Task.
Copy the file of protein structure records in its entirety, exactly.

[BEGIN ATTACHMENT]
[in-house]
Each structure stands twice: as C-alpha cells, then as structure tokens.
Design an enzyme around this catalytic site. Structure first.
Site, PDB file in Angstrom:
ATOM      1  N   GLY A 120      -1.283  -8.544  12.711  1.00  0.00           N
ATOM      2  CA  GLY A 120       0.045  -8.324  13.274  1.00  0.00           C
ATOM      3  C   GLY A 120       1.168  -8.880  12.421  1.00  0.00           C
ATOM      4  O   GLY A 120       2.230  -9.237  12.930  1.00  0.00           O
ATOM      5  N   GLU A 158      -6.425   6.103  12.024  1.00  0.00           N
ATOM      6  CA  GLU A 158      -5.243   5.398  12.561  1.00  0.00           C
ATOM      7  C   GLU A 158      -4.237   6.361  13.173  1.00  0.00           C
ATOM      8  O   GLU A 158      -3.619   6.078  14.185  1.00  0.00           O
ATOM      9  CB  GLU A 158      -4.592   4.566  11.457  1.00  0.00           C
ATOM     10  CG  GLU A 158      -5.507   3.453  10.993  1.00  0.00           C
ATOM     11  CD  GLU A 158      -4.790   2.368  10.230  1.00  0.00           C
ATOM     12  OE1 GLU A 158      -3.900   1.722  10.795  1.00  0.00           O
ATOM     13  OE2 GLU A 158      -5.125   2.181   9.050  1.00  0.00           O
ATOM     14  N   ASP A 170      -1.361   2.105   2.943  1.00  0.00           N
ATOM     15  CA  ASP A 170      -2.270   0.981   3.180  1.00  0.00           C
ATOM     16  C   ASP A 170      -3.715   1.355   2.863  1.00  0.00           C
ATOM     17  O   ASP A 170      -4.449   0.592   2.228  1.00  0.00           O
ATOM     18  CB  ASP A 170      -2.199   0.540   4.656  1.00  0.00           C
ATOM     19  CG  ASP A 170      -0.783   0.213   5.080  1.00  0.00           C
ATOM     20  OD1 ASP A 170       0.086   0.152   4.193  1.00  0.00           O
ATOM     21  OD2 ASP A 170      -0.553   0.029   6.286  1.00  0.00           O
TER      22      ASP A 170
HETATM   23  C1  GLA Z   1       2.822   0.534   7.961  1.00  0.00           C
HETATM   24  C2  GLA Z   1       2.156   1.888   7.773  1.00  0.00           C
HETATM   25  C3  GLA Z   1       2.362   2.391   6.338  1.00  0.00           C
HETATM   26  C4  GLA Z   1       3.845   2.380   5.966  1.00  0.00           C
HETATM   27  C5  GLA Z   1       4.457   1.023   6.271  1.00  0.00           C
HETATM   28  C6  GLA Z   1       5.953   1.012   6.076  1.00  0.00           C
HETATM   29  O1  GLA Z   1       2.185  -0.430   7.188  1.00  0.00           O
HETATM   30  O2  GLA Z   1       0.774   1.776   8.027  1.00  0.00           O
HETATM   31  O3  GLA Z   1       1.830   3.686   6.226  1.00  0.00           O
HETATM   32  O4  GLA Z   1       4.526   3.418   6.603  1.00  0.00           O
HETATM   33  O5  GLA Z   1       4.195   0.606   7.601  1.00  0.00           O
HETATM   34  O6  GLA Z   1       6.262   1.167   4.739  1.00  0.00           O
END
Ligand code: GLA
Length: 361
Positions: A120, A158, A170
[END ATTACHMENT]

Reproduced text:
[in-house]
Each structure stands twice: as C-alpha cells, then as structure tokens.
Design an enzyme around this catalytic site. Structure first.
Site, PDB file in Angstrom:
ATOM      1  N   GLY A 120      -1.283  -8.544  12.711  1.00  0.00           N
ATOM      2  CA  GLY A 120       0.045  -8.324  13.274  1.00  0.00           C
ATOM      3  C   GLY A 120       1.168  -8.880  12.421  1.00  0.00           C
ATOM      4  O   GLY A 120       2.230  -9.237  12.930  1.00  0.00           O
ATOM      5  N   GLU A 158      -6.425   6.103  12.024  1.00  0.00           N
ATOM      6  CA  GLU A 158      -5.243   5.398  12.561  1.00  0.00           C
ATOM      7  C   GLU A 158      -4.237   6.361  13.173  1.00  0.00           C
ATOM      8  O   GLU A 158      -3.619   6.078  14.185  1.00  0.00           O
ATOM      9  CB  GLU A 158      -4.592   4.566  11.457  1.00  0.00           C
ATOM     10  CG  GLU A 158      -5.507   3.453  10.993  1.00  0.00           C
ATOM     11  CD  GLU A 158      -4.790   2.368  10.230  1.00  0.00           C
ATOM     12  OE1 GLU A 158      -3.900   1.722  10.795  1.00  0.00           O
ATOM     13  OE2 GLU A 158      -5.125   2.181   9.050  1.00  0.00           O
ATOM     14  N   ASP A 170      -1.361   2.105   2.943  1.00  0.00           N
ATOM     15  CA  ASP A 170      -2.270   0.981   3.180  1.00  0.00           C
ATOM     16  C   ASP A 170      -3.715   1.355   2.863  1.00  0.00           C
ATOM     17  O   ASP A 170      -4.449   0.592   2.228  1.00  0.00           O
ATOM     18  CB  ASP A 170      -2.199   0.540   4.656  1.00  0.00           C
ATOM     19  CG  ASP A 170      -0.783   0.213   5.080  1.00  0.00           C
ATOM     20  OD1 ASP A 170       0.086   0.152   4.193  1.00  0.00           O
ATOM     21  OD2 ASP A 170      -0.553   0.029   6.286  1.00  0.00           O
TER      22      ASP A 170
HETATM   23  C1  GLA Z   1       2.822   0.534   7.961  1.00  0.00           C
HETATM   24  C2  GLA Z   1       2.156   1.888   7.773  1.00  0.00           C
HETATM   25  C3  GLA Z   1       2.362   2.391   6.338  1.00  0.00           C
HETATM   26  C4  GLA Z   1       3.845   2.380   5.966  1.00  0.00           C
HETATM   27  C5  GLA Z   1       4.457   1.023   6.271  1.00  0.00           C
HETATM   28  C6  GLA Z   1       5.953   1.012   6.076  1.00  0.00           C
HETATM   29  O1  GLA Z   1       2.185  -0.430   7.188  1.00  0.00           O
HETATM   30  O2  GLA Z   1       0.774   1.776   8.027  1.00  0.00           O
HETATM   31  O3  GLA Z   1       1.830   3.686   6.226  1.00  0.00           O
HETATM   32  O4  GLA Z   1       4.526   3.418   6.603  1.00  0.00           O
HETATM   33  O5  GLA Z   1       4.195   0.606   7.601  1.00  0.00           O
HETATM   34  O6  GLA Z   1       6.262   1.167   4.739  1.00  0.00           O
END
Ligand code: GLA
Length: 361
Positions: A120, A158, A170